Two recent studies have revealed further evidence that there are dangers associated with sleep deprivation.
The studies were presented in Boston by researchers at the University of California Berkeley's Sleep and Neuroimaging Laboratory, headed by Matthew Walker, an associate professor of psychology and neuroscience.
The first study by graduate student Andrea Goldstein looked at fMRI (functional magnetic resonance imaging) scans of 18 healthy adults. The study suggests that the emotional centers of the brain trigger emotional dysfunction and risk when people are sleep deprived. As well, the more naturally anxious someone is, the more effected and vulnerable they will be by insufficient amounts of sleep. To help keep emotions and anxiety in check, it's important to get enough shut-eye every day.
The second study looked at food consumption and lack of sleep. Twenty-three healthy adults underwent MRI scans to look at sleep deprivation and food choices. The brain's frontal lobe, which is responsible for decision making and behaviors, was significantly affected by lack of sleep, meaning those who do not get sufficient sleep are more likely to make bad food choices. Graduate student Stephanie Greer was the author of the study, and says the results may reveal a connection between obesity and sleep loss.
Studies were presented at the 26th annual meeting of the Associated Professional Sleep Societies, SLEEP 2012.
Tips to help you get a good night's sleep:
- Maintain a regular sleeping pattern. Try to wake up and go to bed around the same time every day, including weekends. Sleeping patterns will help your body recognize when it is time to go to bed and will help prevent tossing and turning.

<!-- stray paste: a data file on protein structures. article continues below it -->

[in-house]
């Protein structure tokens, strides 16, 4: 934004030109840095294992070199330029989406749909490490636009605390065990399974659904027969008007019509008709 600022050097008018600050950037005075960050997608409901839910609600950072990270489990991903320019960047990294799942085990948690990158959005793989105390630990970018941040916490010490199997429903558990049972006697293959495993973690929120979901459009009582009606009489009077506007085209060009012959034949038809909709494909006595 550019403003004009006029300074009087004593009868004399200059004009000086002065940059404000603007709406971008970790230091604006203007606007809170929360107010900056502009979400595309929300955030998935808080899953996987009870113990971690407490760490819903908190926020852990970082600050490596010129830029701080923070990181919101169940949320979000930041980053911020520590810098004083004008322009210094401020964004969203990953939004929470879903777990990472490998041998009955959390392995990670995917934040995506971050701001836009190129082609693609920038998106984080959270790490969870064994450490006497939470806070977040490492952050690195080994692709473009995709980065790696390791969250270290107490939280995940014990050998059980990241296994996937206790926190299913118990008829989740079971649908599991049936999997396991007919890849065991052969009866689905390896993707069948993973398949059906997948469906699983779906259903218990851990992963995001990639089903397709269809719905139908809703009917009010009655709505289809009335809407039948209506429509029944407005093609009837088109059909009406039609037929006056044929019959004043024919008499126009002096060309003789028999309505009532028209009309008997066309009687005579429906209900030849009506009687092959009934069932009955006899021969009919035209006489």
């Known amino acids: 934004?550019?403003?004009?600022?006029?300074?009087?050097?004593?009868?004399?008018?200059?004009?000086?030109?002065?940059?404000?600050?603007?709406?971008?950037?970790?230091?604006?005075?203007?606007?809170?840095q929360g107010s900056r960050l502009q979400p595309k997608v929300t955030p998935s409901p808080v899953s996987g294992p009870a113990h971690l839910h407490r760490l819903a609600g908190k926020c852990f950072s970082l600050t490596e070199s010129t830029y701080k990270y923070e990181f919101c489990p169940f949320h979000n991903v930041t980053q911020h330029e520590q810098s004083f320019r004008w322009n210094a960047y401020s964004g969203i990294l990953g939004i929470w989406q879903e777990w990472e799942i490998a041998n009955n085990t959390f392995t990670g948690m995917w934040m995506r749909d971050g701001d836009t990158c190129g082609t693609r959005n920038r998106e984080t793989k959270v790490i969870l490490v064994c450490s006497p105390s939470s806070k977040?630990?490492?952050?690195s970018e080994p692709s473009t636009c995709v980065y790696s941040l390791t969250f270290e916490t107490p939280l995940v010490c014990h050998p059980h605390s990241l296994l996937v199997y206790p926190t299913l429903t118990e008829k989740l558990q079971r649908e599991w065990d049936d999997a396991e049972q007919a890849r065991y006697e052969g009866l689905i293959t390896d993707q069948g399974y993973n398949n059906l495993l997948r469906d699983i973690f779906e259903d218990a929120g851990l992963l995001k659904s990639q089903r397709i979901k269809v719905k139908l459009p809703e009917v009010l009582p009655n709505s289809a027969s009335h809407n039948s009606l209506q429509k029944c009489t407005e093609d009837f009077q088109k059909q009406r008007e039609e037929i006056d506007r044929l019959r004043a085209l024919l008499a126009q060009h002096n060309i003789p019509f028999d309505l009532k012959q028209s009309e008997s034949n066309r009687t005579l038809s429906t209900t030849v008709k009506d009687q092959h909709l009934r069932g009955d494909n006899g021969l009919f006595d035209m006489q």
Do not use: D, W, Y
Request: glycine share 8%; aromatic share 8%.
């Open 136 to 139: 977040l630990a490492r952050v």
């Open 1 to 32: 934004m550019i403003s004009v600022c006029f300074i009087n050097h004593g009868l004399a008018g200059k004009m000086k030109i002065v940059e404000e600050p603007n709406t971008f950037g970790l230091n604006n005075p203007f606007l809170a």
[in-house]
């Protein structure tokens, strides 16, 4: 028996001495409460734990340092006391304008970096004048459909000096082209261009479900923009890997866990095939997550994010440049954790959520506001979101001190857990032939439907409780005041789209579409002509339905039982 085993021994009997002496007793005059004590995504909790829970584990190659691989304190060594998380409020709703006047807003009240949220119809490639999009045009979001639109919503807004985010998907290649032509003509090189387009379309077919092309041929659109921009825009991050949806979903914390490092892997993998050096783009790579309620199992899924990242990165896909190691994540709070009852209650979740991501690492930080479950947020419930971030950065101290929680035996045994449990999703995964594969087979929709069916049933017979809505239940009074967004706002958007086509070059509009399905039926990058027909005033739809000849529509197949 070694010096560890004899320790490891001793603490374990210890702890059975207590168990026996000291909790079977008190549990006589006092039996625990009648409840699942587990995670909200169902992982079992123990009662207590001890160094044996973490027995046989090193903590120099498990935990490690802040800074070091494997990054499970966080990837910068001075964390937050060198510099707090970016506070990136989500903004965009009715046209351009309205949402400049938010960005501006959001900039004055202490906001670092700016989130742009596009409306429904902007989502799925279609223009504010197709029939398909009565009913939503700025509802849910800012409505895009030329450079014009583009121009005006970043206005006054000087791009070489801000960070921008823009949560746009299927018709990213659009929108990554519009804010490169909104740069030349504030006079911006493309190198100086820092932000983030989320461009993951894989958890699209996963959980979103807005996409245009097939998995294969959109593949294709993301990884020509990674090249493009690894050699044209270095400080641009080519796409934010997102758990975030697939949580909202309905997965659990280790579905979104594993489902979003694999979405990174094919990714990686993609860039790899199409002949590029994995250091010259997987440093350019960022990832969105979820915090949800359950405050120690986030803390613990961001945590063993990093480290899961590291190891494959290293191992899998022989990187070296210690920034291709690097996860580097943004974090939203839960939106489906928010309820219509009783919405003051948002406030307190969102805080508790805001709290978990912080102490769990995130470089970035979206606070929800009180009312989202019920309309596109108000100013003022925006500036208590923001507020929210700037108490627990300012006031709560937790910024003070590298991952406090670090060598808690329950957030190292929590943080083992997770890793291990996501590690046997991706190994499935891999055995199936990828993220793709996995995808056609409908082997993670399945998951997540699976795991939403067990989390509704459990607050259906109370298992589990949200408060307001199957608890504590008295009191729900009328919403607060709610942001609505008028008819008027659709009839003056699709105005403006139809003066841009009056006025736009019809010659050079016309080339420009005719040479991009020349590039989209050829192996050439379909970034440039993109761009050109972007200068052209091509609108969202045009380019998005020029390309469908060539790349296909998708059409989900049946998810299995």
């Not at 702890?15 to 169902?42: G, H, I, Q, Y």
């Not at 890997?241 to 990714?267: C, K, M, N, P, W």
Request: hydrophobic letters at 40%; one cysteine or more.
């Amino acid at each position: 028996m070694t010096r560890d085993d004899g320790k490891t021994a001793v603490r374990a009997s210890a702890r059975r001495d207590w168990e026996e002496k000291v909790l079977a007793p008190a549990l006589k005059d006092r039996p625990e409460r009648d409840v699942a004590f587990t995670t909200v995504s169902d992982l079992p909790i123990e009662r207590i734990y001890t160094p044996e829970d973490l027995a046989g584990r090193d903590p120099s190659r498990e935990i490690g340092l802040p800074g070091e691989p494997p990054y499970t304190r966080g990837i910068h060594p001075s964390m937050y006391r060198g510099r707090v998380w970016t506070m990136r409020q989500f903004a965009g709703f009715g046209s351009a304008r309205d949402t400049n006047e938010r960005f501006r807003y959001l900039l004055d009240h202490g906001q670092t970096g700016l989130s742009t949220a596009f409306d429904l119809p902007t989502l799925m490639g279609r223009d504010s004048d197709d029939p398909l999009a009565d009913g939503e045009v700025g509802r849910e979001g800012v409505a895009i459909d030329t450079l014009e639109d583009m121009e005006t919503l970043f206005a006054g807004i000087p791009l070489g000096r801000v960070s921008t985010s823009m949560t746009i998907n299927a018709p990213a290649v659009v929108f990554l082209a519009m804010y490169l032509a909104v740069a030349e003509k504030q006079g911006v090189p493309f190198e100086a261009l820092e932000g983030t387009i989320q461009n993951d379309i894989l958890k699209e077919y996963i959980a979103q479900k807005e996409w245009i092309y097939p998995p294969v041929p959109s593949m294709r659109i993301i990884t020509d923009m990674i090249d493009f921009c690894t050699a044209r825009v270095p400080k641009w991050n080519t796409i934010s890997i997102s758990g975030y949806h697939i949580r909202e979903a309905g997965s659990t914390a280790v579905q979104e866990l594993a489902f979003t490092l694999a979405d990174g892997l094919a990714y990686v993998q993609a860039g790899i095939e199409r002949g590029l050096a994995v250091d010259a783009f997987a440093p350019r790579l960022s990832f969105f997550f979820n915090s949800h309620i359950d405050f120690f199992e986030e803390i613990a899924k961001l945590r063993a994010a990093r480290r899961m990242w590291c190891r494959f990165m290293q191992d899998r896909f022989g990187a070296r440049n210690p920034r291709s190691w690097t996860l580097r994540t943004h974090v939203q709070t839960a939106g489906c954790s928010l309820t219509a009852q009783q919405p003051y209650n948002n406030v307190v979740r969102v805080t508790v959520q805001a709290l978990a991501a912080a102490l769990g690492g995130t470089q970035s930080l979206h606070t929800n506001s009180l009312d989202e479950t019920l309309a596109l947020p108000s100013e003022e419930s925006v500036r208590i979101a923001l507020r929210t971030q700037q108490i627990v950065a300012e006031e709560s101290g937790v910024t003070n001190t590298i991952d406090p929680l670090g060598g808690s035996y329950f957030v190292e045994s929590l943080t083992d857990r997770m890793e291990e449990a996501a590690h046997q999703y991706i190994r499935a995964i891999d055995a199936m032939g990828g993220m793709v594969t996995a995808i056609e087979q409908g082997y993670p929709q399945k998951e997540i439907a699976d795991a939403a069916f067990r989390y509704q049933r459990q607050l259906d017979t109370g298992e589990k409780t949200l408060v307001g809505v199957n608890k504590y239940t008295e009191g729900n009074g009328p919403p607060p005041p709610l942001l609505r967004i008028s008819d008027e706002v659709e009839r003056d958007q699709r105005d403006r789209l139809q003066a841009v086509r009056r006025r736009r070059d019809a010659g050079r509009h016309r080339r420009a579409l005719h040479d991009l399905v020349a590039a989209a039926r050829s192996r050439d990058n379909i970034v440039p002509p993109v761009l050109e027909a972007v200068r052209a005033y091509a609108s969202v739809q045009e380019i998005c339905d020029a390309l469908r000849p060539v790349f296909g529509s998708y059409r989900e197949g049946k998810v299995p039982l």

- Watch what you eat and drink. Try to stay away from caffeine, as it can have an effect on your body for up to eight hours. The amount of food you eat is also important to consider. Going to bed when you are hungry or when you are stuffed can make falling asleep more difficult. There are some foods and drinks, such as chamomile, warm milk, and bananas, that can help you fall asleep more easily.
- Unplug. Watching TV, playing video games, or going on the computer before bed can actually stimulate your mind, making it more difficult to fall asleep. Dimming the lights closer to when you plan on going to bed, can also put your mind and body into sleep mode.
- Limit naps. If you are going to take a nap, limit it to between 10 and 30 minutes. Napping too long during the day will make it more difficult to sleep at night. As well, try to nap in the mid-afternoon as opposed to later in the day.
- Get active. Physical activity is a great way to help you sleep better. Try to get in at least 30 minutes of physical activity each day to help you get a better night's rest. Exercising close to bedtime can make falling asleep more difficult for some people; exercising earlier in the day may be a better option.
- Manage your stress. Tossing and turning before bed could be a result of stress and anxiety. Try to write down the things you are worried about before bed to organize your thoughts, and don't let yourself think about them until the next morning.
Source: University of California